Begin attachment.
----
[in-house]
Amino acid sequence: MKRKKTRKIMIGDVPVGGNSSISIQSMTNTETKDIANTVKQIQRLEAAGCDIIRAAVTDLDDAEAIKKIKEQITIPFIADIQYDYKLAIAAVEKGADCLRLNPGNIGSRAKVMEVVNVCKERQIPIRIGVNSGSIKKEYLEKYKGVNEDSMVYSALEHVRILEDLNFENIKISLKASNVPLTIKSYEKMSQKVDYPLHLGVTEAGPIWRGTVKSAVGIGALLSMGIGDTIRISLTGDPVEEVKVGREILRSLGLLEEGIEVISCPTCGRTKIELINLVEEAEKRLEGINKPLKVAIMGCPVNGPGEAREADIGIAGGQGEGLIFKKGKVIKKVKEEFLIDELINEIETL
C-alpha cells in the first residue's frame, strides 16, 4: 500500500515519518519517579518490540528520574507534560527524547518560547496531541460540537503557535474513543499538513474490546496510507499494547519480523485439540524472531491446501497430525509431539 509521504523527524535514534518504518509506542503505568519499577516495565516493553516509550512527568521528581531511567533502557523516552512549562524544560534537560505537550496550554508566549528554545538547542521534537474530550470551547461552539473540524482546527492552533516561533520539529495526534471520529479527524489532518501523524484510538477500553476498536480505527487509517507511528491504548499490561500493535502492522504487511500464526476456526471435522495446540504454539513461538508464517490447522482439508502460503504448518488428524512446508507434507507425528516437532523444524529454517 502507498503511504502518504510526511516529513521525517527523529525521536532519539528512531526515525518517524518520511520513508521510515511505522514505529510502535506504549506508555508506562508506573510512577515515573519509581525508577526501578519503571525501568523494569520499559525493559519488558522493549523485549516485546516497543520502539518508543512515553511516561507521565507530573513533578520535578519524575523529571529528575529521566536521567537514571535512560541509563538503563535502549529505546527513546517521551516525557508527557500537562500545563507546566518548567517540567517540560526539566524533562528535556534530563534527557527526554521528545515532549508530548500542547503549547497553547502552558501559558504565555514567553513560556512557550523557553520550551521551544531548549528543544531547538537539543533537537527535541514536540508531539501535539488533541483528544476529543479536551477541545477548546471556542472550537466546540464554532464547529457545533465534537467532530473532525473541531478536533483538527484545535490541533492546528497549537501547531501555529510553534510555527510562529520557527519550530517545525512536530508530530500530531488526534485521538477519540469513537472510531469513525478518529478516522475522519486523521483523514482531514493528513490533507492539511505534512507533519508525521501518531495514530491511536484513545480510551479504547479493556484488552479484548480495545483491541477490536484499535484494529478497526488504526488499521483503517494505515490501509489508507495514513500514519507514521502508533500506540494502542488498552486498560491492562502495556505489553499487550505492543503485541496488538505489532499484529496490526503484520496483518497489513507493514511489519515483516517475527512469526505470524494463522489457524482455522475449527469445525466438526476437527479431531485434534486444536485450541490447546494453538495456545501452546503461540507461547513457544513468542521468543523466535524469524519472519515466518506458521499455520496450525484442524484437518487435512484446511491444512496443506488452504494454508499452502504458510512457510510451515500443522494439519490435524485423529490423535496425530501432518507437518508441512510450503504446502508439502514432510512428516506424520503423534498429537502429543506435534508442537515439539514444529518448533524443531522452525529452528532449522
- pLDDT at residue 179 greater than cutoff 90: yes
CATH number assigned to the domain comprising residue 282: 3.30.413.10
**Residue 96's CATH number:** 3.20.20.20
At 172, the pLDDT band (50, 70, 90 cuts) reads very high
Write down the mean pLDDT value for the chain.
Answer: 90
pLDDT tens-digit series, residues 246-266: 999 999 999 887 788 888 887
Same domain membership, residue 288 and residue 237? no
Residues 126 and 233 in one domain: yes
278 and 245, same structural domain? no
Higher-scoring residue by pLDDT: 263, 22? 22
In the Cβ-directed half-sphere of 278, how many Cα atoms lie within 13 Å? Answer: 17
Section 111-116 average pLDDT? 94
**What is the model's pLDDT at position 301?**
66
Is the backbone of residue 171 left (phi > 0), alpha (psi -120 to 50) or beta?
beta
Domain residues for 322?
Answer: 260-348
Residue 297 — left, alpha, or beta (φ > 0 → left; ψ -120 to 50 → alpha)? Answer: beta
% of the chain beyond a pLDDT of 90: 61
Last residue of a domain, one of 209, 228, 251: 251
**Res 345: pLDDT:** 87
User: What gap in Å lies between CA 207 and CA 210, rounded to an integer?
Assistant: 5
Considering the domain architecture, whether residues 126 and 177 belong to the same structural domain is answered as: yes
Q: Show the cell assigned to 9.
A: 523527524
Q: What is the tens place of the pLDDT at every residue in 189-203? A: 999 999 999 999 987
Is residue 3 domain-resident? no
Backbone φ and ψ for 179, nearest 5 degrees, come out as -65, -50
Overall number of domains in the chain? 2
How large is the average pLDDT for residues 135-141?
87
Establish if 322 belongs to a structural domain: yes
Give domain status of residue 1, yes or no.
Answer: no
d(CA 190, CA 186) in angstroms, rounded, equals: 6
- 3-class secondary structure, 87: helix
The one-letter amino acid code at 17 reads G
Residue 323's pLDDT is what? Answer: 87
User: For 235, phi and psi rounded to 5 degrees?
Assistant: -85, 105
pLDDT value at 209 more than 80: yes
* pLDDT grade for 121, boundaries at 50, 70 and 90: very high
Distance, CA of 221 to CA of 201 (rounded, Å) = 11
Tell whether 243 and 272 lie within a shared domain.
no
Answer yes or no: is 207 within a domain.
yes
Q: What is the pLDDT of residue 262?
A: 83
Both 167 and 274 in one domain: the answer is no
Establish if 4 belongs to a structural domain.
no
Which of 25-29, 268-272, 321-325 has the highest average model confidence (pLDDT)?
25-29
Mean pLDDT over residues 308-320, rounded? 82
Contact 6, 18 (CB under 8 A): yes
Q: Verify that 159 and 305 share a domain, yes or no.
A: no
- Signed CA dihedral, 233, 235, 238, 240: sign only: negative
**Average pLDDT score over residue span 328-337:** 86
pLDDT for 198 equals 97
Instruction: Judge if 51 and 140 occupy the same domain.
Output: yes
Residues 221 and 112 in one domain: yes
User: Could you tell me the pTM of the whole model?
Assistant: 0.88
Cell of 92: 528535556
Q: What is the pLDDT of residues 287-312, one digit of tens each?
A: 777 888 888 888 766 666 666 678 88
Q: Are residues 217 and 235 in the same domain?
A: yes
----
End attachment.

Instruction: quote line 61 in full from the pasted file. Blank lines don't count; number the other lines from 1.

Mean pLDDT over residues 308-320, rounded? 82